The Conceptualization, Measurement, and Role of Humor as a Character Strength in Positive Psychology

Kim R. Edwards, Rod A. Martin


In positive psychology, humor has been identified as one of 24 character strengths considered ubiquitously important for human flourishing. Unlike the other strengths, humor was a late addition to this classification system and its status as a strength continues to be somewhat controversial. Therefore, the first purpose of this study was to explore the associations between humor and several outcome variables of relevance to positive psychology (happiness, routes to happiness, resilience, and morality). The second purpose was to explore how best to conceptualize and measure humor as a character strength by comparing the Values in Action Inventory of Strengths (VIA-IS) Humor Scale with the Humor Styles Questionnaire (HSQ) in their ability to predict the outcome variables. A sample of 176 participants completed questionnaires assessing the humor and positive psychology constructs. The results indicated that the humor measures significantly predicted most of the outcome variables, supporting the importance of humor in positive psychology. Furthermore, although the VIA-IS Humor scale and positive humor styles on the HSQ showed considerable overlap, the negative humor styles added significantly to the prediction of outcome variables beyond these positive humor measures, supporting the importance of assessing maladaptive as well as adaptive uses of humor in research on positive psychology. These findings suggest that the HSQ may be a more useful measure than the VIA-IS Humor scale in future research in this field.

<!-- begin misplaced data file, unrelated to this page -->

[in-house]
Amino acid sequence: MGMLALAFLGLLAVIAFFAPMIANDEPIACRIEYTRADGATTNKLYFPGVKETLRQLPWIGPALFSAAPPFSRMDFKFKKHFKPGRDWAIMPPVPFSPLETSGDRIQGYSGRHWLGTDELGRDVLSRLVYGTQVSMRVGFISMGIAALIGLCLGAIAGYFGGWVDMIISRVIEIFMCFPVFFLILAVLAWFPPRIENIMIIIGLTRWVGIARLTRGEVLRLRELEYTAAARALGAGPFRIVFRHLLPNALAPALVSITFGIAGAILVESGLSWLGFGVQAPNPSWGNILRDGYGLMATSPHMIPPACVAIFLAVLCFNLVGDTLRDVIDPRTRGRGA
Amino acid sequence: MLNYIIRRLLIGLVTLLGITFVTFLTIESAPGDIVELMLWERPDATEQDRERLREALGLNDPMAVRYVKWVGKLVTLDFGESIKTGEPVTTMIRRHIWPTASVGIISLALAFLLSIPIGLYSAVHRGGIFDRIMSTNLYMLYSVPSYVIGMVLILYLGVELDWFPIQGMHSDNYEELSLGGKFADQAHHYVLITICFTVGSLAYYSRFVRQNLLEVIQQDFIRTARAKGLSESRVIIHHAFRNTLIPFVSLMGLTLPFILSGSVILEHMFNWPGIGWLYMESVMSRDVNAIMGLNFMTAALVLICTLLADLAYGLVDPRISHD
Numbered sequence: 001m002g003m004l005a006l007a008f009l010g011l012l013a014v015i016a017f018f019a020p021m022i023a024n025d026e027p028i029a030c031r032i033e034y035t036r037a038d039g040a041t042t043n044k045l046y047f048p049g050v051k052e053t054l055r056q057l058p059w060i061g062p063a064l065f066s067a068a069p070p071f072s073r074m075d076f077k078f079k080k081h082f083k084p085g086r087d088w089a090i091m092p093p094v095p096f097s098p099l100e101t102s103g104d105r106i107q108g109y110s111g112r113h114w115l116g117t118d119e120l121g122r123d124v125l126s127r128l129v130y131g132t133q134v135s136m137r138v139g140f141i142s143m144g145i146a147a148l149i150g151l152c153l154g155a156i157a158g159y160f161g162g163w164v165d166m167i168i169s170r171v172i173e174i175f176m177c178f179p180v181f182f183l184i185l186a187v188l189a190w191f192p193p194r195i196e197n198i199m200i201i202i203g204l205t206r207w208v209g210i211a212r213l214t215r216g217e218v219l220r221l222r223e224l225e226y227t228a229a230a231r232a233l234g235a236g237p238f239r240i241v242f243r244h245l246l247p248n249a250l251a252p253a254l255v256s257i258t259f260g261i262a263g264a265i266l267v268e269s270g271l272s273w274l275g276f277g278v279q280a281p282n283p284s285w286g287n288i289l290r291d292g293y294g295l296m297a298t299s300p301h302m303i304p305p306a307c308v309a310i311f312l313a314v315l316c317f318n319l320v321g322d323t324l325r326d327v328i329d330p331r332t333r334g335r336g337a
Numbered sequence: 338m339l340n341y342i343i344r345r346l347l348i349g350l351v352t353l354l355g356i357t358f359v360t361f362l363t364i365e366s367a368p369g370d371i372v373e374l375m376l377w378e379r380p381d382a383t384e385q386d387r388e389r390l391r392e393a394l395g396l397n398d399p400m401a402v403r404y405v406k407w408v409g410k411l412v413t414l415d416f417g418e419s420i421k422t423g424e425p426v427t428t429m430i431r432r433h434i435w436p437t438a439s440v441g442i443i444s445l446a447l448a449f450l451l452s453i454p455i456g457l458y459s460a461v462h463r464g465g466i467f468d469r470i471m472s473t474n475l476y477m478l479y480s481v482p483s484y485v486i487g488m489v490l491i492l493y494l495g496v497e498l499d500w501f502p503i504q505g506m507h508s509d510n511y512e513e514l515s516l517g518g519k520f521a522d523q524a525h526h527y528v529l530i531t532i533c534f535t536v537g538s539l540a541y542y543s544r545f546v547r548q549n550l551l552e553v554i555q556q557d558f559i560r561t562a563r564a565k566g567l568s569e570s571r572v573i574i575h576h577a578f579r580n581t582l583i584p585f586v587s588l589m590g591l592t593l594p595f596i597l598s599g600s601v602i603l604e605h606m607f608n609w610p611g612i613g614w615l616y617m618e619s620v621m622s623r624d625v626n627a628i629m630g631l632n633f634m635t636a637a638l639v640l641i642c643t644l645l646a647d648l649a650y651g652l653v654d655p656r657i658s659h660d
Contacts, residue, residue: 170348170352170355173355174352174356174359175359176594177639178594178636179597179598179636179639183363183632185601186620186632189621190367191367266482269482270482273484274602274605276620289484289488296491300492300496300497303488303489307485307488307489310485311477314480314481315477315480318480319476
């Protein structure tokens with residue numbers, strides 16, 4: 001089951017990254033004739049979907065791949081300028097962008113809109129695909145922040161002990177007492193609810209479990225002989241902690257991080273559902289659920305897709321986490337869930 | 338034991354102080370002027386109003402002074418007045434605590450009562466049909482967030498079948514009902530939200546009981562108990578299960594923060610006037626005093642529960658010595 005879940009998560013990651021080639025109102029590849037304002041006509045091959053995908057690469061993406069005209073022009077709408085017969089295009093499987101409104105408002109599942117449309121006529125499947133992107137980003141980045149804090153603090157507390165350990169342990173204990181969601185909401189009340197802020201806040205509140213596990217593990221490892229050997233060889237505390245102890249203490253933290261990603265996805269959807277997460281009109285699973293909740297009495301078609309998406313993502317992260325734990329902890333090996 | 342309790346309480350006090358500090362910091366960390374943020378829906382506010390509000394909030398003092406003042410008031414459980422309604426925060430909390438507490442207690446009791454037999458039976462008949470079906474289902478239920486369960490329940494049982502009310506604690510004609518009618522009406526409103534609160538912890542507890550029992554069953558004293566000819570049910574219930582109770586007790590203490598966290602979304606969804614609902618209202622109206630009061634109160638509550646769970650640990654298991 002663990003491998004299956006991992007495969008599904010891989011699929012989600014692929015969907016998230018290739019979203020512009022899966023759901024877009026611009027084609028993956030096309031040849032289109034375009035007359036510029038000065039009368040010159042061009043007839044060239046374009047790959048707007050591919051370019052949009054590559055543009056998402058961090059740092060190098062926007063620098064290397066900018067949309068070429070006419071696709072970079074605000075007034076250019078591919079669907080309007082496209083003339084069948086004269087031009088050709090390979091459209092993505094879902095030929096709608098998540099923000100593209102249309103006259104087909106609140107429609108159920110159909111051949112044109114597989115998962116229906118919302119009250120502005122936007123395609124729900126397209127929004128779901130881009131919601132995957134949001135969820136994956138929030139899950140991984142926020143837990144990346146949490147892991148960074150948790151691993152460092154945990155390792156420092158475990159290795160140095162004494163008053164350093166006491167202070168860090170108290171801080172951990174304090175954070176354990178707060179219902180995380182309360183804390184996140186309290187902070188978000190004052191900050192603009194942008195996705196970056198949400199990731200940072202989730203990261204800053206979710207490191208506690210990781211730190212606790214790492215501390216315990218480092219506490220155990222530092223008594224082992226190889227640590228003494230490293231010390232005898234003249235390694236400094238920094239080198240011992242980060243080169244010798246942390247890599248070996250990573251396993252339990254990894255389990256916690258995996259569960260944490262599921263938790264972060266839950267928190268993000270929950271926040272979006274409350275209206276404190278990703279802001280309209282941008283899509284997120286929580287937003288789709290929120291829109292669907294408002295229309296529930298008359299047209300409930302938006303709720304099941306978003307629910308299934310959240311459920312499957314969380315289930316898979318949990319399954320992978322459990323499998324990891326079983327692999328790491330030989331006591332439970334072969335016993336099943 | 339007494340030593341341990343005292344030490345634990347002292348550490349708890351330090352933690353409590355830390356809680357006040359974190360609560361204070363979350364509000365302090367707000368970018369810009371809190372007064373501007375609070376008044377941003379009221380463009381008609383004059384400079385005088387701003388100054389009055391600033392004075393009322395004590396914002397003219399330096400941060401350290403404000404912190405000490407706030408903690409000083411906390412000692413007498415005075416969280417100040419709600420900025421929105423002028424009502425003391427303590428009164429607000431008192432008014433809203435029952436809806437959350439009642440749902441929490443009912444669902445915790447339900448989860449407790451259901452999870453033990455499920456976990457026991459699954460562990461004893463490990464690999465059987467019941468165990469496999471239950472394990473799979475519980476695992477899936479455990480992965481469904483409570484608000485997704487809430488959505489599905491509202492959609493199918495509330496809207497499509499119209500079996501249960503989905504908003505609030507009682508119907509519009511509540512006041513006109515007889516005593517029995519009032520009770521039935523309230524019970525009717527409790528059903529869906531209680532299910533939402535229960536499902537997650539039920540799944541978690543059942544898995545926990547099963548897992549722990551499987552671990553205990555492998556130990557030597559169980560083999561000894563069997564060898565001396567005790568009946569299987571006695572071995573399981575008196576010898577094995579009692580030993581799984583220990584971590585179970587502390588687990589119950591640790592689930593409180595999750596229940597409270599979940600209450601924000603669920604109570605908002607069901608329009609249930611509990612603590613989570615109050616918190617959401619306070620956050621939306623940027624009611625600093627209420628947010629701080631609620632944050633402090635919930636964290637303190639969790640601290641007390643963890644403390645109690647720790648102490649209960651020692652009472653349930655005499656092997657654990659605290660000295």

humor styles; positive psychology; character strength; well-being

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